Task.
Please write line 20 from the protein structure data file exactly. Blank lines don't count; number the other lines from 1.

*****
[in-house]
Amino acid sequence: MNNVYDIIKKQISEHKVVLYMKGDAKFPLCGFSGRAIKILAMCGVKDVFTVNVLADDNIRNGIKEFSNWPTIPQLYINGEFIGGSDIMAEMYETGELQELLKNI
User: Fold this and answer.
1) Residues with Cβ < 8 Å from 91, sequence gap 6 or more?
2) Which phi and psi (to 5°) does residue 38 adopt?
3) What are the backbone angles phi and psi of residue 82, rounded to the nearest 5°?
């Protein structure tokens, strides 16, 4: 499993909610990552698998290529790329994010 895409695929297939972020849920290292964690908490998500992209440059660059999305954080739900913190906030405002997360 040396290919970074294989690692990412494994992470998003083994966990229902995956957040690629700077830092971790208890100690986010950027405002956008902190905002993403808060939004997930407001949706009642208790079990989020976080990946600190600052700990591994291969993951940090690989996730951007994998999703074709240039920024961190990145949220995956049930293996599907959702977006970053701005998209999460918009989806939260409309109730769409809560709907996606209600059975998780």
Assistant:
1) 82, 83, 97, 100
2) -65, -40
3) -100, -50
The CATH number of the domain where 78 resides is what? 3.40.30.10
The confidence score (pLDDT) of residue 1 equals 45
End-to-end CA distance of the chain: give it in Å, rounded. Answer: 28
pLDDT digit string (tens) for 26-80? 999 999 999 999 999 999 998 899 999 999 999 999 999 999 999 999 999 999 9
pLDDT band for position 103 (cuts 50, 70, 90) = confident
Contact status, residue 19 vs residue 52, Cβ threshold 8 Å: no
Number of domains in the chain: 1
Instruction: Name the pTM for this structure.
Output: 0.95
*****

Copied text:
Output: 0.95